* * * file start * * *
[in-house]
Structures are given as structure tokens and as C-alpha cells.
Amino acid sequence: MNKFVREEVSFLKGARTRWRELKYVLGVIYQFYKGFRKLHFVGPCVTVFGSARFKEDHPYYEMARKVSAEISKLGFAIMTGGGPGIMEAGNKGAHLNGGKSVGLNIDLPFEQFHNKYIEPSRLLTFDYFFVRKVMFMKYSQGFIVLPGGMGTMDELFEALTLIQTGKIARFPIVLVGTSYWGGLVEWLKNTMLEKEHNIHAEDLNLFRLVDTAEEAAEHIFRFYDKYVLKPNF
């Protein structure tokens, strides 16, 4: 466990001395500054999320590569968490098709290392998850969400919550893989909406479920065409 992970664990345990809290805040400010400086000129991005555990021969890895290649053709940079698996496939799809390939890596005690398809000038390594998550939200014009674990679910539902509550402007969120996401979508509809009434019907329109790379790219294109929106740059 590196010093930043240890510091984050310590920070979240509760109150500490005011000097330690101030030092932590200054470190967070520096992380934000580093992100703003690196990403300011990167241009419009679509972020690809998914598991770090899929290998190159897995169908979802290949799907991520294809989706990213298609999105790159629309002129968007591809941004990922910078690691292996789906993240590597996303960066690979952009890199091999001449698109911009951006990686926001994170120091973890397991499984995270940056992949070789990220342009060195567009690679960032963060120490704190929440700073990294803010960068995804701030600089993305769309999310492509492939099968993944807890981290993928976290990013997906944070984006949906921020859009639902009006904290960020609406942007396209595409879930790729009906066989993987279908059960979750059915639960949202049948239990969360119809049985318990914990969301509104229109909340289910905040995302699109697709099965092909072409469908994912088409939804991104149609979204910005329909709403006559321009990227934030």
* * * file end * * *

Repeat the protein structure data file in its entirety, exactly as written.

[in-house]
Structures are given as structure tokens and as C-alpha cells.
Amino acid sequence: MNKFVREEVSFLKGARTRWRELKYVLGVIYQFYKGFRKLHFVGPCVTVFGSARFKEDHPYYEMARKVSAEISKLGFAIMTGGGPGIMEAGNKGAHLNGGKSVGLNIDLPFEQFHNKYIEPSRLLTFDYFFVRKVMFMKYSQGFIVLPGGMGTMDELFEALTLIQTGKIARFPIVLVGTSYWGGLVEWLKNTMLEKEHNIHAEDLNLFRLVDTAEEAAEHIFRFYDKYVLKPNF
């Protein structure tokens, strides 16, 4: 466990001395500054999320590569968490098709290392998850969400919550893989909406479920065409 992970664990345990809290805040400010400086000129991005555990021969890895290649053709940079698996496939799809390939890596005690398809000038390594998550939200014009674990679910539902509550402007969120996401979508509809009434019907329109790379790219294109929106740059 590196010093930043240890510091984050310590920070979240509760109150500490005011000097330690101030030092932590200054470190967070520096992380934000580093992100703003690196990403300011990167241009419009679509972020690809998914598991770090899929290998190159897995169908979802290949799907991520294809989706990213298609999105790159629309002129968007591809941004990922910078690691292996789906993240590597996303960066690979952009890199091999001449698109911009951006990686926001994170120091973890397991499984995270940056992949070789990220342009060195567009690679960032963060120490704190929440700073990294803010960068995804701030600089993305769309999310492509492939099968993944807890981290993928976290990013997906944070984006949906921020859009639902009006904290960020609406942007396209595409879930790729009906066989993987279908059960979750059915639960949202049948239990969360119809049985318990914990969301509104229109909340289910905040995302699109697709099965092909072409469908994912088409939804991104149609979204910005329909709403006559321009990227934030």